A Small Web Empire Built on Cuddly and Fuzzy

Calendars and coffee table books filled with pictures of cute, cuddly kitties and sad-eyed puppies have been around for decades. So what explains the success of Cute Overload, a new page-a-day desk calendar that recently shot to the top of its category on Amazon.com and, more remarkably, to the upper ranks of the site’s overall best-sellers list?

Stranger still, the birth of Cute Overload was almost purely accidental. Meg Frost, a 36-year-old design manager at Apple, started cuteoverload.com three years ago to test Web software. Within months, it became an online institution, drawing about 88,000 unique visitors a day — about the same as the political gossip blog Wonkette. BoingBoing linked to Cute Overload, saying that viewing the site "is like taking a happy pill."

And in that warm feeling lies the reason for its popularity. Given all the nastiness on the Internet — blog trolls, flame wars, vicious gossip, pornography, snark and spam — what better antidote is there than looking at pictures of tiny ducklings waddling in a line or kittens splayed on their backs, paw pads in the air?

The most famous cute-animal Web sites are presented with a touch of self-mockery. The site I Can Has Cheezburger? features cat pictures with ungrammatical captions, Stuff on My Cat displays photos of objects stacked on sleeping cats, and Kittenwars.com pits pairs of cat photos in a cuteness showdown.

Like those sites, Cute Overload is "cute, but not cutesy," says Ms. Frost. "There’s definitely an edge."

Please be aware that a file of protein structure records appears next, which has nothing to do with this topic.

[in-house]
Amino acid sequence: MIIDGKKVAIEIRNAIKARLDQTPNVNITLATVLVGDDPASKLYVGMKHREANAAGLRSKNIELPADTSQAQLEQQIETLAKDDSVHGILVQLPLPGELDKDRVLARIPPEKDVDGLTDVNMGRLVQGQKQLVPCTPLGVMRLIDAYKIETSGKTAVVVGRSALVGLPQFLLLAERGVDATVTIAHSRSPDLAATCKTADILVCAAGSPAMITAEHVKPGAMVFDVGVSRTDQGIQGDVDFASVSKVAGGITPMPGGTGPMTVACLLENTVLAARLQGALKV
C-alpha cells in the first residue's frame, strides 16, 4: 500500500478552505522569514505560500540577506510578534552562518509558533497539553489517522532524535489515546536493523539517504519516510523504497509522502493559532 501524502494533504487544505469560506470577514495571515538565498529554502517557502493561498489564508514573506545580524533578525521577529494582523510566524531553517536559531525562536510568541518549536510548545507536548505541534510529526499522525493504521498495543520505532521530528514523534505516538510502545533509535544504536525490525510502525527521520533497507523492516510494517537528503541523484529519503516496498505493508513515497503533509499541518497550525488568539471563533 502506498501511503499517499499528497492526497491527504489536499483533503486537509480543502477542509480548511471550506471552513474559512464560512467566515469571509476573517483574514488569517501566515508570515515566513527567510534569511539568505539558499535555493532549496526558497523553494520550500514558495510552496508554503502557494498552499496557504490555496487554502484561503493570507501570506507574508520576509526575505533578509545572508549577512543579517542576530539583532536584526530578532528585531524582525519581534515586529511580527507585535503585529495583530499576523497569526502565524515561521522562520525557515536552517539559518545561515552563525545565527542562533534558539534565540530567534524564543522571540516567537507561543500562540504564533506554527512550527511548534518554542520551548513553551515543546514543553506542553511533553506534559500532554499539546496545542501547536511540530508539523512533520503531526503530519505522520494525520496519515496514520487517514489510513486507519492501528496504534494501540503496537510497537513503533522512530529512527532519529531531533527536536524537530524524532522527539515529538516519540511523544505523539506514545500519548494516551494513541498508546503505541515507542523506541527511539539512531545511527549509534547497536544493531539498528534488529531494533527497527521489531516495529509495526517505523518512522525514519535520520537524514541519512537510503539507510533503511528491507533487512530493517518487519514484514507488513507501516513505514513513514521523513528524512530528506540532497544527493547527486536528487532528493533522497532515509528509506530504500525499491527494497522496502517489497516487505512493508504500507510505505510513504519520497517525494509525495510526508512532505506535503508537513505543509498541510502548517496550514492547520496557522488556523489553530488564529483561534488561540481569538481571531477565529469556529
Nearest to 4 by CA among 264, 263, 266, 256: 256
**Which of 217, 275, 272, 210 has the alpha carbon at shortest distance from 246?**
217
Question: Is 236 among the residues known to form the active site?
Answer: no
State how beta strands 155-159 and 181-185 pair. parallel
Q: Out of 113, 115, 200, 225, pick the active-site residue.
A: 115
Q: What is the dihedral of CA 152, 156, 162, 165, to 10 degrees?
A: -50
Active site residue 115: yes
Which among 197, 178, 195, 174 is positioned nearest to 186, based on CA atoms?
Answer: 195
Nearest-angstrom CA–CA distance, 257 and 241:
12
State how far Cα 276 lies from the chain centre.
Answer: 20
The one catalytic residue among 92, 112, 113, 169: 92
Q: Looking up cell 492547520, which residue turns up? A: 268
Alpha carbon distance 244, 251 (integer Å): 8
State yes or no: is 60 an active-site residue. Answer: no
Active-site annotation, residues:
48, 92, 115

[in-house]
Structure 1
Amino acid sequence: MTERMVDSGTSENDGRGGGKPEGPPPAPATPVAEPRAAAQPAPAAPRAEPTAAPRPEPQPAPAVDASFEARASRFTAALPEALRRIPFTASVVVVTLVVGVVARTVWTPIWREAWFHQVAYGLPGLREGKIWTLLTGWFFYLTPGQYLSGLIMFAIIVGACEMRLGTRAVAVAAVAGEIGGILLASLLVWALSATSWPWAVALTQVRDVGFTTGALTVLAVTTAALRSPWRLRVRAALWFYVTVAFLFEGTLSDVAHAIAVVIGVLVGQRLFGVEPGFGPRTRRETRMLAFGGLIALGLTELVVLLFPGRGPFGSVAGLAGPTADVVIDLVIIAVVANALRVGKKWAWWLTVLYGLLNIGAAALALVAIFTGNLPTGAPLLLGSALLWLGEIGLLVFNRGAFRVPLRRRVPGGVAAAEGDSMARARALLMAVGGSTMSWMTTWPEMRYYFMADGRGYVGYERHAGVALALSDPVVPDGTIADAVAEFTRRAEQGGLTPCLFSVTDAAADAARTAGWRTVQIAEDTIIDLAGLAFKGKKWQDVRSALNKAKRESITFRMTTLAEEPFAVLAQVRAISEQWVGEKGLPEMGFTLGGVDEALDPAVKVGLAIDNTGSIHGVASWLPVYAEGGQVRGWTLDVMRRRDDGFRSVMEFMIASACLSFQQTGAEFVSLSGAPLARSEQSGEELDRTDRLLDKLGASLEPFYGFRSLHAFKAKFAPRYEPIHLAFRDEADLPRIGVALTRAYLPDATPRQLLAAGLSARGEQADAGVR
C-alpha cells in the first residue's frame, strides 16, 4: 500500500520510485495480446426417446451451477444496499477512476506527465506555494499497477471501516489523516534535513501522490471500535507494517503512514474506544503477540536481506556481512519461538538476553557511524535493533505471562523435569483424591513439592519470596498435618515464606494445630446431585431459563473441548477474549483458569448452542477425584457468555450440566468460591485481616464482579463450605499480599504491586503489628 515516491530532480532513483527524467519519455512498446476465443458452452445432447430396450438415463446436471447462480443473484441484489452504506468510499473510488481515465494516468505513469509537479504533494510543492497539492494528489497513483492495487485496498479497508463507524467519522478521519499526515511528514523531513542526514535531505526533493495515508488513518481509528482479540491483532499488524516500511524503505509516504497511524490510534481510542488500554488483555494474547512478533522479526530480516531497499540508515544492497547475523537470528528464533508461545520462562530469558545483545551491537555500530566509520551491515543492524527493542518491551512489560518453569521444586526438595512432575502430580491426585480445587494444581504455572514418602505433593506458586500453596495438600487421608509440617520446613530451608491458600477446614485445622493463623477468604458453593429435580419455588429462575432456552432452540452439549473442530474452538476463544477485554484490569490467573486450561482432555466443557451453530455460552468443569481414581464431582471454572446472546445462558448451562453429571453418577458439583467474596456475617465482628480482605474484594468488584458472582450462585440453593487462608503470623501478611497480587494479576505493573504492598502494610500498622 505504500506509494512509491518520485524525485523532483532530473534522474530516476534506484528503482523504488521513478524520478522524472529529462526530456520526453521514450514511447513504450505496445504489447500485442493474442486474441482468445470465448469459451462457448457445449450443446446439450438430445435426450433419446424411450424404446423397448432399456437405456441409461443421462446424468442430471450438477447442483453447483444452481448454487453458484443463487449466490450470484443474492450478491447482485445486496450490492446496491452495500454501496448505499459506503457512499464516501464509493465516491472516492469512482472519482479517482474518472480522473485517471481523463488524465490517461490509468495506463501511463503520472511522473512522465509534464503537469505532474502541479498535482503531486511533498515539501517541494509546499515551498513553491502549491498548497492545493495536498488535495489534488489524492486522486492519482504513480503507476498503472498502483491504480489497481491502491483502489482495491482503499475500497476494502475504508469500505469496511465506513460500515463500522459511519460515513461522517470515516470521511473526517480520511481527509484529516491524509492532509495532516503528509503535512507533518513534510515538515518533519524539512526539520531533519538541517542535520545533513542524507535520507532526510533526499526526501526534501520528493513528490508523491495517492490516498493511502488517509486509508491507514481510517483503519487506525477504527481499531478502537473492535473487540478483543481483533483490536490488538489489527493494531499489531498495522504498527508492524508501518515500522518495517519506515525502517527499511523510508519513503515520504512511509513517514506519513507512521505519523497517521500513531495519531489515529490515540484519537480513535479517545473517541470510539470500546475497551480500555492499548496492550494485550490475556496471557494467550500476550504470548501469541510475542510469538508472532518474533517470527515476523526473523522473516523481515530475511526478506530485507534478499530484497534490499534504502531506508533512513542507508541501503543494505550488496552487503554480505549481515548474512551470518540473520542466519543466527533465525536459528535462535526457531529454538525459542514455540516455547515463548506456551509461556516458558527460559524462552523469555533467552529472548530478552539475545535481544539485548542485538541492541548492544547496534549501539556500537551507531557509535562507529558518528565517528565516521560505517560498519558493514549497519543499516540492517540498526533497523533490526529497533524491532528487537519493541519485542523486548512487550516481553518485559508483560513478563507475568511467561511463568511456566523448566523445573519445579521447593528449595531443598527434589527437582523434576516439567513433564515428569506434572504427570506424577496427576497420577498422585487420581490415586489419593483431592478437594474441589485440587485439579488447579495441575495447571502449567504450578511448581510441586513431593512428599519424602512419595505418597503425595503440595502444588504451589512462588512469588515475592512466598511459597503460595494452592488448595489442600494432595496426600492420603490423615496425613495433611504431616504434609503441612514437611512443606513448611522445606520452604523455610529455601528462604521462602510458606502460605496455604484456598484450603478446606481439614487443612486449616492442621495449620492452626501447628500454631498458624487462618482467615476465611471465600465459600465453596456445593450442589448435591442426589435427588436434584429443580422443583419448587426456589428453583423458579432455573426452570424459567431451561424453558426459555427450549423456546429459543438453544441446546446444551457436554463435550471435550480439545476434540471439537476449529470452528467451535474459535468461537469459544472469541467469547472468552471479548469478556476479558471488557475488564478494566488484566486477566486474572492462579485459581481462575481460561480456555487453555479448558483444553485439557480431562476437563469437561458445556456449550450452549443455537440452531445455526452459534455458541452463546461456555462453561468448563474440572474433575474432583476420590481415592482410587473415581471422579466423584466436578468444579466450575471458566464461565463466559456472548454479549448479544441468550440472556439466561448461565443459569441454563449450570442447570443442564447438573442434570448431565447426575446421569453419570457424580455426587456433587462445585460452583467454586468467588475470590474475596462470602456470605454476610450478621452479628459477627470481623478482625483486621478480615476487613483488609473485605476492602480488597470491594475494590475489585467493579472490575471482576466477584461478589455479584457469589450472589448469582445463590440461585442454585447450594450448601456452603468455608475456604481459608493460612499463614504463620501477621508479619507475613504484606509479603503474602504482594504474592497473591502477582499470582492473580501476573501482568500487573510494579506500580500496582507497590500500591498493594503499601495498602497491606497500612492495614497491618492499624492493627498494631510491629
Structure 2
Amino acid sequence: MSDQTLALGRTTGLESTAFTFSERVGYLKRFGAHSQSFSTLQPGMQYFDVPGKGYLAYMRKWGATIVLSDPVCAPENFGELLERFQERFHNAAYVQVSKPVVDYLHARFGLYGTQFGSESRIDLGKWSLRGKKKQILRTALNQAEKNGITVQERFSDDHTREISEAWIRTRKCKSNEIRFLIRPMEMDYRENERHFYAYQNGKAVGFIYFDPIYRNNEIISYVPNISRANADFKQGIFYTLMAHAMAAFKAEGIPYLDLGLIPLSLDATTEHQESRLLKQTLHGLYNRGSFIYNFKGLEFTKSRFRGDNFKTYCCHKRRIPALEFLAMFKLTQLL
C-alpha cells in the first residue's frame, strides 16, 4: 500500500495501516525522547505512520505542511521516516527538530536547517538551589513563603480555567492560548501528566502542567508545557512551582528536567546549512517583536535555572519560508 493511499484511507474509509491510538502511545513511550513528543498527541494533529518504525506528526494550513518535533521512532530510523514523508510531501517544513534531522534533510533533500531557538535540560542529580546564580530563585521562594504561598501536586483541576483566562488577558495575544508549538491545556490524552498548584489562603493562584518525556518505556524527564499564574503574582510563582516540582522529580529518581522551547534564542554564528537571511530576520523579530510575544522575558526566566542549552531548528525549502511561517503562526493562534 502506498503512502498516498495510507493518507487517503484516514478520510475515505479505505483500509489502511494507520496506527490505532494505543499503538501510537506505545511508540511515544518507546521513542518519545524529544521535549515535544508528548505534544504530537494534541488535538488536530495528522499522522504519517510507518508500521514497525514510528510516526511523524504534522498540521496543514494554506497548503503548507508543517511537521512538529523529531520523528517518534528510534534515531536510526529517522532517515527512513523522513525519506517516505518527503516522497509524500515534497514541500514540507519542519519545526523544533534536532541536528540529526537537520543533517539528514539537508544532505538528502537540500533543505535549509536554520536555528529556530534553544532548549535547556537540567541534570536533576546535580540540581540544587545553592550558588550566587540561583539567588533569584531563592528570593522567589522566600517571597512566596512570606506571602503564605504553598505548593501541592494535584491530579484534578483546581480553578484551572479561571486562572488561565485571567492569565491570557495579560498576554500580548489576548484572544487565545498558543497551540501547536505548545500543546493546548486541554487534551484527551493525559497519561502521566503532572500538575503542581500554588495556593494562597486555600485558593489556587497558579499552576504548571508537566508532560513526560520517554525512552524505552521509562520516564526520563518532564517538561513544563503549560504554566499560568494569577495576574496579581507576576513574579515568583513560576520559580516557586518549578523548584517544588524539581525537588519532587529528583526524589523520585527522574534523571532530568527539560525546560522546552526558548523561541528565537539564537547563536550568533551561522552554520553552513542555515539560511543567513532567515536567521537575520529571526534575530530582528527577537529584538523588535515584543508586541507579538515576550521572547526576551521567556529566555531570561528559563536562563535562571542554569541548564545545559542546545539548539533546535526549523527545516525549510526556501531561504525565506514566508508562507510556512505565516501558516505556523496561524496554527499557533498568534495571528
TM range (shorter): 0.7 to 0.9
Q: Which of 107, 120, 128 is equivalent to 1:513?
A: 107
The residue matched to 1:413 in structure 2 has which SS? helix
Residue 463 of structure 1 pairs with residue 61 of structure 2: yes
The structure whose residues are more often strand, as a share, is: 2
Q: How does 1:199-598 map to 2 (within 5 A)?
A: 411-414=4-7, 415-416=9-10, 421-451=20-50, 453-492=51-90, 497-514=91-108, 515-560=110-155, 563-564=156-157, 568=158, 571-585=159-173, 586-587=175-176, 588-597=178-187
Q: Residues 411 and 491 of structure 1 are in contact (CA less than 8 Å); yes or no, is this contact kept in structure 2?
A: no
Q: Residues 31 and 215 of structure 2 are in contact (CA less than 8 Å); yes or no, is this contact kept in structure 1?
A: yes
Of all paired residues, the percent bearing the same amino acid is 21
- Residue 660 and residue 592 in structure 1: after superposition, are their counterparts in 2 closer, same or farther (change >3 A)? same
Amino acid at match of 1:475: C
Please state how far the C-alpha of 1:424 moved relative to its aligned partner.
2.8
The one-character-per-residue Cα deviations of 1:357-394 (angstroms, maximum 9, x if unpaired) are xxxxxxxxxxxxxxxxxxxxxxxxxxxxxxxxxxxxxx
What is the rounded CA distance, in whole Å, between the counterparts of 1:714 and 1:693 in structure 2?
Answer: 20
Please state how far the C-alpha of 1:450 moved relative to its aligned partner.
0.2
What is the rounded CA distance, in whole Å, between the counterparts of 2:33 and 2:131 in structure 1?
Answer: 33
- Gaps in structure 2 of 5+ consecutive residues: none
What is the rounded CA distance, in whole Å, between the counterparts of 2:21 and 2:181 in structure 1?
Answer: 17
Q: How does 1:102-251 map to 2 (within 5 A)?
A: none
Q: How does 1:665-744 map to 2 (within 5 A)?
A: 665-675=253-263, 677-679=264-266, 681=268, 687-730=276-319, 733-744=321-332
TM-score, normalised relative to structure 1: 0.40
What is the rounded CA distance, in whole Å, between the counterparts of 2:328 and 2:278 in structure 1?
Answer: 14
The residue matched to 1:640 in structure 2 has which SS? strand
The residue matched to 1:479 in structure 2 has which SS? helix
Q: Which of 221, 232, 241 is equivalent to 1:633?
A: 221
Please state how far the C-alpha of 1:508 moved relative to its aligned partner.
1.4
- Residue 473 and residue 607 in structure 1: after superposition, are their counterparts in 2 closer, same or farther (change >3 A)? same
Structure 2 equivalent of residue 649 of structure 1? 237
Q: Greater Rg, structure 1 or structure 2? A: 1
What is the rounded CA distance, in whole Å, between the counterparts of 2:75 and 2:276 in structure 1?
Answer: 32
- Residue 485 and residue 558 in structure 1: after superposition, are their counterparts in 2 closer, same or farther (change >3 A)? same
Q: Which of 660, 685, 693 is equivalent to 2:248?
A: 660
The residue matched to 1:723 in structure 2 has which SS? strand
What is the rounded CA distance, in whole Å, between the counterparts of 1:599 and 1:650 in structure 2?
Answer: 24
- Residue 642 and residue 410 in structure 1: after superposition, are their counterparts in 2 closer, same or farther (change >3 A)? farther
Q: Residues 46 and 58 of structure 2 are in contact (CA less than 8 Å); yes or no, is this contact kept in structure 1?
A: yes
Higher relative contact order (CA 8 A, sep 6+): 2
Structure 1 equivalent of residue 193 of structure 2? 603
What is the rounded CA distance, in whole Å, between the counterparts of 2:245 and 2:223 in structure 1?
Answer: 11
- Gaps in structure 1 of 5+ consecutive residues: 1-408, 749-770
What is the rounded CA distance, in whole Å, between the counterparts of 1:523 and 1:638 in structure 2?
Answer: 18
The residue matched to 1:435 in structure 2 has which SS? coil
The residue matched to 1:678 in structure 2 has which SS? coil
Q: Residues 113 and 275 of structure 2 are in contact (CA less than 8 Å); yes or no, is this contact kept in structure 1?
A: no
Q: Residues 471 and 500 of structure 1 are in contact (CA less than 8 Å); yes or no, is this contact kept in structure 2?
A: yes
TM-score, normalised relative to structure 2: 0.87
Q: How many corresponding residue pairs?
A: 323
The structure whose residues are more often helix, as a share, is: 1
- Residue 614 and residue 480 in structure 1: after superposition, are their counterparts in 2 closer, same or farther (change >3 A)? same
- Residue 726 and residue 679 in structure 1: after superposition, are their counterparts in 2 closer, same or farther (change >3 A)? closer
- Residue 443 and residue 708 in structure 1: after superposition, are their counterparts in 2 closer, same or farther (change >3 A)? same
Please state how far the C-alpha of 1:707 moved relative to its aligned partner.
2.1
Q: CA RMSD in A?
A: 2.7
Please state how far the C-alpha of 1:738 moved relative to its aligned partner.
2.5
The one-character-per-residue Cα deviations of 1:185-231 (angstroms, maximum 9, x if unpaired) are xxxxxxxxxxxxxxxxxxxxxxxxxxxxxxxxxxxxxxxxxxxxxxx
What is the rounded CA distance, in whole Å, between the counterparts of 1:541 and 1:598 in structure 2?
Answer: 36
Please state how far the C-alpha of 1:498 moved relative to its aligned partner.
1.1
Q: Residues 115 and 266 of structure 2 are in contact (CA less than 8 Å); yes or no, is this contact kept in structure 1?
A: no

Ms. Frost has not given up her day job at Apple . "I actually love doing both, though it’s pretty crazy," she said. Viewers send her about 100 submissions a day, and in doing so, grant her full republishing rights, she said. Ms. Frost is free to reuse the photos as she pleases. The calendar’s success may be just the beginning. She hints at other projects, possibly including a video channel.

She is astounded at the calendar’s success. That it did so well on Amazon last week — and sold out in a day — "is totally ridiculous," she said.

Ms. Frost will not talk about how much money she has made from the site, although it is enough money that she recently hired two part-time assistants. Nor will she say how many calendars have been sold. But the calendar’s top ranking in its category — accessories — and its reaching as high as No. 21 last week on the overall category — books — are indications of its success.

The site’s ads are placed by Blogads, which handles advertising for about 1,500 blogs, including the gossip site PerezHilton.com and the political site Daily Kos. On Blogads.com, advertisers can view traffic numbers for each site and the cost of various types of ads. According to Blogads, a "premium" ad on Cute Overload costs about $2,000 a week, with an estimated 808,000 page views. Hartz Mountain currently has a premium spot for its UltraGuard line of flea and tick repellents, as does American Apparel for its Essential X 3 line of underwear three-packs.

The site also offers "standard" ads for $500 a week. Those are taken up mostly by small companies serving what might be called the "cute market." Sublime Stitching, for example, sells "cute embroidery patterns," like "Forest Friends," while Shanalogic offers clothing and accessories emblazoned with cute imagery.

According to Blogads, there are nine "standard" ads currently running on Cute Overload.

That’s good money for a niche site. By comparison, Daily Kos is running one "second slot" ad for $7,500 a week and three standard ads for $4,650 each, according to Blogads, which says the site offers nearly 8 million ad impressions a week, about 10 times as many as Cute Overload. (Daily Kos’s "premium" slot, offered at $15,000, was unsold as of Tuesday.)

It is all about niches and demographics, said Henry Copeland, founder of Blogads. The audience is overwhelmingly female and between 18 and 34. "For these women," he said, "recently graduated from college and sitting in grim corporate America, Cute puts them in touch with their nonwork selves. It’s escapism."